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Perspective | Oh Womaniya!: Another wake-up call to the society

Big awards we won at Cannes this year were in the gender equality space - Same agency, same client but two different brands.

While the Ariel campaign called upon men to share the load, the one for Whisper explained to women that touching the pickle when you are menstruating would not spoil it.

Kudos to Josy Paul, BBDO team and the marketing stalwarts at P&G. These ads, however, are not alone in celebrating womanhood.  Titan Raga’s Her Life Her Choices with Katrina Kaif, Gillette ‘Soldier for Women’, OLX with Shefali Shah (Car Bechi Dost Paya) and Lloyd Unisex Washing Machine campaigns are the ones that immediately come to mind.

Anouk Myntra campaign addressing same sex relationship too has created quite a few ripples.

A shift is indeed taking place and ads celebrating women and girls rather than objectifying them, are being noticed and appreciated.

A special mention of the ‘Beti Bachao’ campaign here – and its offshoot ‘Selfie with Beti’. Coming straight from the PM’s office, it is trying to make the social change our country desperately needs. The day no news channel reports a domestic violence, rape of female feticide or infanticide case would, in our view, be the first substantial victory of this campaign

Divya Radhakrishnan, Managing Director, Helios Media comments, “Campaigns like #SelfieWithMyDaughter have brought relevant issues to the forefront. They are sure making a difference and causing a transformation within us.  Whether they provide a solution or not is an altogether different matter, the important thing is that they are highlighting an important issue and forcing people to think.”

True that. One indeed cannot deny the importance of such campaigns as social agents.  What is more, these are high decibel campaigns and are reaching the remotest part of the country. An interesting piece of news in the last few days has been Bibipur Village in Haryana (a state known for its gender bias so far!) going for ‘women first’ approach.

Anita Nayyar, CEO, India & South Asia, Havas Media, believes that though it is not the first time such a campaign is taking place, it is critical for such campaigns to take place on an ongoing basis, “It is yet another attempt to save the ‘beti’. It is important to harp upon the issue time and again till such time the facts sink in.”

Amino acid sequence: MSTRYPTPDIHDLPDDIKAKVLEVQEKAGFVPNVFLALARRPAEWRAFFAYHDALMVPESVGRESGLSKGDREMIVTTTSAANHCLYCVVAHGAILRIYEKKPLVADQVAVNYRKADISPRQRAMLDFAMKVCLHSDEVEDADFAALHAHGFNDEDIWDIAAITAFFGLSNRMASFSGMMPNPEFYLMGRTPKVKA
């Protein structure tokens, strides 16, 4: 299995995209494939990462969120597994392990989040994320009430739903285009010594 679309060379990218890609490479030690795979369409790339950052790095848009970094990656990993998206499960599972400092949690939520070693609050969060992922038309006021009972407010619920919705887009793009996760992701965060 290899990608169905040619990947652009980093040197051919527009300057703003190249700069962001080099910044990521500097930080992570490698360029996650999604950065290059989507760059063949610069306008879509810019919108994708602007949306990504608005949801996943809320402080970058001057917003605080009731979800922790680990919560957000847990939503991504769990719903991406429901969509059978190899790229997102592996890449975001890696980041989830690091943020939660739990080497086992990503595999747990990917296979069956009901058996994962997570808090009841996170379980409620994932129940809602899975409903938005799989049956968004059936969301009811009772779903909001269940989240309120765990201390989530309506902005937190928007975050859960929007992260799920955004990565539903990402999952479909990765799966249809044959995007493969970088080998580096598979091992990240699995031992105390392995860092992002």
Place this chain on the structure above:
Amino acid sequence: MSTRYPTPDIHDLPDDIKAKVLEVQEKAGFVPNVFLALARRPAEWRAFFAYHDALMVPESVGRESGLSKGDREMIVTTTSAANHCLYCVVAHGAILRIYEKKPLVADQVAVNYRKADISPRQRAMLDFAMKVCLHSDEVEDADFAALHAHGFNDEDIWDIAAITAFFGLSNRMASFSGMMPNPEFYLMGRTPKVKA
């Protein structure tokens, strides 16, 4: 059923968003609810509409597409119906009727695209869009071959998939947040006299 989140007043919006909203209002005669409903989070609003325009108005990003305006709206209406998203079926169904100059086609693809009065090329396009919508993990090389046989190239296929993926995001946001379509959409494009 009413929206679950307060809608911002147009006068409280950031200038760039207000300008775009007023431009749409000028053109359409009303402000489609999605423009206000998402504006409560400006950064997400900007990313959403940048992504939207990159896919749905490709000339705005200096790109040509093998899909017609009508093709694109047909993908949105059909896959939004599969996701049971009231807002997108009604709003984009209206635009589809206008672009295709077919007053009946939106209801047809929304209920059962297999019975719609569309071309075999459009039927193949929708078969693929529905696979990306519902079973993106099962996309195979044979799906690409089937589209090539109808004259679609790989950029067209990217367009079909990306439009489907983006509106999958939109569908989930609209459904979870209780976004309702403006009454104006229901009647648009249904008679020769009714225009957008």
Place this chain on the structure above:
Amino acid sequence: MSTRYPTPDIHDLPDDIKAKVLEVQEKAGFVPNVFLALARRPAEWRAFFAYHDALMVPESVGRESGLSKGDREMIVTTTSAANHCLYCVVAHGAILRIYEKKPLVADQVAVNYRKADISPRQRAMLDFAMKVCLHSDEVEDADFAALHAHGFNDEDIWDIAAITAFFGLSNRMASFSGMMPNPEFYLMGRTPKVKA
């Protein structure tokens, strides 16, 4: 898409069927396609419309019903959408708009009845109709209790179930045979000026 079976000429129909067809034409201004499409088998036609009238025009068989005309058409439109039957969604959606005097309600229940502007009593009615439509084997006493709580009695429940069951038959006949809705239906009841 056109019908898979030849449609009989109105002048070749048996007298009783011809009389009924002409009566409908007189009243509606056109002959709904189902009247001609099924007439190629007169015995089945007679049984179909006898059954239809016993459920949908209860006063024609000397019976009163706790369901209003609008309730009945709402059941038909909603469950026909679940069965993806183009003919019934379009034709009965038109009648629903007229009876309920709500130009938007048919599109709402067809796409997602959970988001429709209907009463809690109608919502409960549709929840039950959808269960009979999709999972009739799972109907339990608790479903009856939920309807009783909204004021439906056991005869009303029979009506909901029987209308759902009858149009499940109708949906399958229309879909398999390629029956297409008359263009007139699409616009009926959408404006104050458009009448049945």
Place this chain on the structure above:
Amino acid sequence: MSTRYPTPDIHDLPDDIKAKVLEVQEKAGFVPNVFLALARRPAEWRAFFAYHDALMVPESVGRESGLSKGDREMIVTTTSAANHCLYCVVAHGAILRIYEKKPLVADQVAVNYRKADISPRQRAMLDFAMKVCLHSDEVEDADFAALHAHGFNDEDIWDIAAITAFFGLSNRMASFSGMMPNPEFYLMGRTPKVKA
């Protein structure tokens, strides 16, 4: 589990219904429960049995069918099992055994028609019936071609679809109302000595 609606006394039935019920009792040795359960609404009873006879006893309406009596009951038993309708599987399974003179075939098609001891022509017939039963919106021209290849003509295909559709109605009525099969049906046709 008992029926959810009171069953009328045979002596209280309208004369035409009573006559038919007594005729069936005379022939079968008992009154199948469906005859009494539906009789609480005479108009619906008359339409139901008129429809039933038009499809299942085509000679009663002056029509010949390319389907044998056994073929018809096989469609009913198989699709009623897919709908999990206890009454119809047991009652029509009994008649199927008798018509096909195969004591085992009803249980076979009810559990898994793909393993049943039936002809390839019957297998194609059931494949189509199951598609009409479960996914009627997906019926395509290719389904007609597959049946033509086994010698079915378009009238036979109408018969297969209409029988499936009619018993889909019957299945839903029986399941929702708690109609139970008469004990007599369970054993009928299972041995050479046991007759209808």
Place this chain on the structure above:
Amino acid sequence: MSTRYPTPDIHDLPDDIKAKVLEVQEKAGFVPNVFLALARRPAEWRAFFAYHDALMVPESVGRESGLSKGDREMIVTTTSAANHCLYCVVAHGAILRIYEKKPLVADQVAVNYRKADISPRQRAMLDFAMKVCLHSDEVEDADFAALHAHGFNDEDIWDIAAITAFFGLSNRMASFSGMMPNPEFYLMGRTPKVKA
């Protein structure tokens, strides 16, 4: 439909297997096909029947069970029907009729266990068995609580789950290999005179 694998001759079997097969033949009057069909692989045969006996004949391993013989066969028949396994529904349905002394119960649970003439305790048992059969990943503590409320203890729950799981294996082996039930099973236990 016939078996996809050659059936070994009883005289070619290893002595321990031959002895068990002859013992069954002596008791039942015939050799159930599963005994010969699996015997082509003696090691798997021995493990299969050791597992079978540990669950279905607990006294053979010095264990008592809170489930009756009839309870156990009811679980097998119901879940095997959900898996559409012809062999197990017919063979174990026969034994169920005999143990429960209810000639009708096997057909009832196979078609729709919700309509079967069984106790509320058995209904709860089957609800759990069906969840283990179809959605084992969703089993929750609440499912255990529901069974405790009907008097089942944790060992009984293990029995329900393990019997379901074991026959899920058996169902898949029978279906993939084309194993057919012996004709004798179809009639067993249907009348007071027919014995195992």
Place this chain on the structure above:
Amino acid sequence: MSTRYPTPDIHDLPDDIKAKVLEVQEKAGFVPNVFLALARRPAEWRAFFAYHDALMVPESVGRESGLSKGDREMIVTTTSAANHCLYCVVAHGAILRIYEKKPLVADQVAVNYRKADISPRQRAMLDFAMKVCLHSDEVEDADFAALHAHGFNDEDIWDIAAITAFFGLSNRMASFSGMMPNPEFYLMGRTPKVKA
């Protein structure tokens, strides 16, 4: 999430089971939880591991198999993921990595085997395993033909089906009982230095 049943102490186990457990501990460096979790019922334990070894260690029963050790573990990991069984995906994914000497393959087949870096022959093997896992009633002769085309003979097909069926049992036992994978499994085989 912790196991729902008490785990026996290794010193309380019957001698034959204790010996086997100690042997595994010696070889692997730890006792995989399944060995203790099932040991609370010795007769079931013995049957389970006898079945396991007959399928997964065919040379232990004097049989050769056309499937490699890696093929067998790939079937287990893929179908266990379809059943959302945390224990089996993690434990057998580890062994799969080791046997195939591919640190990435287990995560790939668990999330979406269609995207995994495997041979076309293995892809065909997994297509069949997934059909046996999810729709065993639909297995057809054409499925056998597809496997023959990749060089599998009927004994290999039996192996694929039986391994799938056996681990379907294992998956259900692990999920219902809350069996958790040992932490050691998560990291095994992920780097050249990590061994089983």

Priti Nair, Director and founder of Curry Nation adds, “Such campaigns are doing the wonderful job of trying to raise awareness. Our rural society is still hooked on the idea of having a male child. Today the legal system is also trying to make sure that woman is protected enough. They can now keep their father’s surname, inherit their property. Measures like this in recent time have shown that the Government and the Judicial System are here to make changes on issues like women’s rights.”

As is substantiated by the campaigns mentioned in the beginning, that even brand campaigns are getting women-issues centric.  The point to ponder here is, whether  the brand campaigns too are looking at a social change or is it just their way of selling their cars and detergents?

Nayyar believes that though ads are created to sell brands, the route they choose does make a difference. She states, “Whether it is to showcase the 'Beti’ or to break the ‘touch the pickle’ myth or bring focus on ‘same sex relationships’, ads like these are at least making an attempt to highlight issues and urging the society to change their thinking. It is being acknowledged by the brand custodians that it is important for the society to change its view point and move with the times.”

Agrees Nair, “Commercial value can be attached to an advertisement in many ways. If somebody chooses to take the issue of women empowerment, it has to hold some merit. At the end of the day, every ad is made to sell the product. If at the same time, you send a social message, it always makes for an excellent campaign.”

”Another school of thought believes that the new face of Indian woman in these campaigns is a reflection of the society which is gradually but steadily evolving. Rakhsin Patel, Managing Director, PI Communication opines, “Today women are moving away from their traditional roles. Audience, nowadays, desires to relate to women in their realistic versions. Novelty and intrigue will be lost if ads are not relevant to what the audience feel. Social acceptance in today’s time is high and is growing even further.

Radhakrishnan, who has seen brand campaigning from multiple dimensions states, “Advertising is targeted at consumers at the end of a day. It has an impact on the product that it wants to sell. I don’t think advertising is there for social changes. Do you believe that Anouk Myntra campaign is made for people to accept relationships? It just wants people to consider Myntra as a cool brand and sample it.”

She adds, “Even if you expect brands to invest money on social transformation, it is part of their marketing investment and budgets. So obviously, cost of that is borne by the consumer only. I don’t think many of them spend their marketing budget to bring social changes.”

Of course, one cannot compare the Government initiatives with the brand campaigns as the key objectives of both are different. Having said that, it is heartening to see many more brands changing their stance on women.  And as they say, advertising cannot be created in isolation. It is great both ways – whether it is beginning of a social change or it is reflection of the changing time.



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